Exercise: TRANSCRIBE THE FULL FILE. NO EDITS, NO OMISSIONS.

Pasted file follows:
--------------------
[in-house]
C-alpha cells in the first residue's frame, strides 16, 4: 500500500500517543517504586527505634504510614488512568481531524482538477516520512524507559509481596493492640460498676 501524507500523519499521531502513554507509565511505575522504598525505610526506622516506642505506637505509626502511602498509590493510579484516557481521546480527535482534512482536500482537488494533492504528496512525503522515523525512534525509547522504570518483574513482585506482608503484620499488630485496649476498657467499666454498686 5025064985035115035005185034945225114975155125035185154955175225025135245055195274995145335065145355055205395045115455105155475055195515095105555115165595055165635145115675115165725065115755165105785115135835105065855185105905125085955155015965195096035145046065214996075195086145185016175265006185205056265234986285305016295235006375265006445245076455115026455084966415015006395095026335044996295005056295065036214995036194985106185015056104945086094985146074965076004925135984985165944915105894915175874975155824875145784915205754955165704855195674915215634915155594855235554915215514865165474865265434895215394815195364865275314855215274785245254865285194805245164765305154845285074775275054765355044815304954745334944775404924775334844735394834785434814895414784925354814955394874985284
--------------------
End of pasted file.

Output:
[in-house]
C-alpha cells in the first residue's frame, strides 16, 4: 500500500500517543517504586527505634504510614488512568481531524482538477516520512524507559509481596493492640460498676 501524507500523519499521531502513554507509565511505575522504598525505610526506622516506642505506637505509626502511602498509590493510579484516557481521546480527535482534512482536500482537488494533492504528496512525503522515523525512534525509547522504570518483574513482585506482608503484620499488630485496649476498657467499666454498686 5025064985035115035005185034945225114975155125035185154955175225025135245055195274995145335065145355055205395045115455105155475055195515095105555115165595055165635145115675115165725065115755165105785115135835105065855185105905125085955155015965195096035145046065214996075195086145185016175265006185205056265234986285305016295235006375265006445245076455115026455084966415015006395095026335044996295005056295065036214995036194985106185015056104945086094985146074965076004925135984985165944915105894915175874975155824875145784915205754955165704855195674915215634915155594855235554915215514865165474865265434895215394815195364865275314855215274785245254865285194805245164765305154845285074775275054765355044815304954745334944775404924775334844735394834785434814895414784925354814955394874985284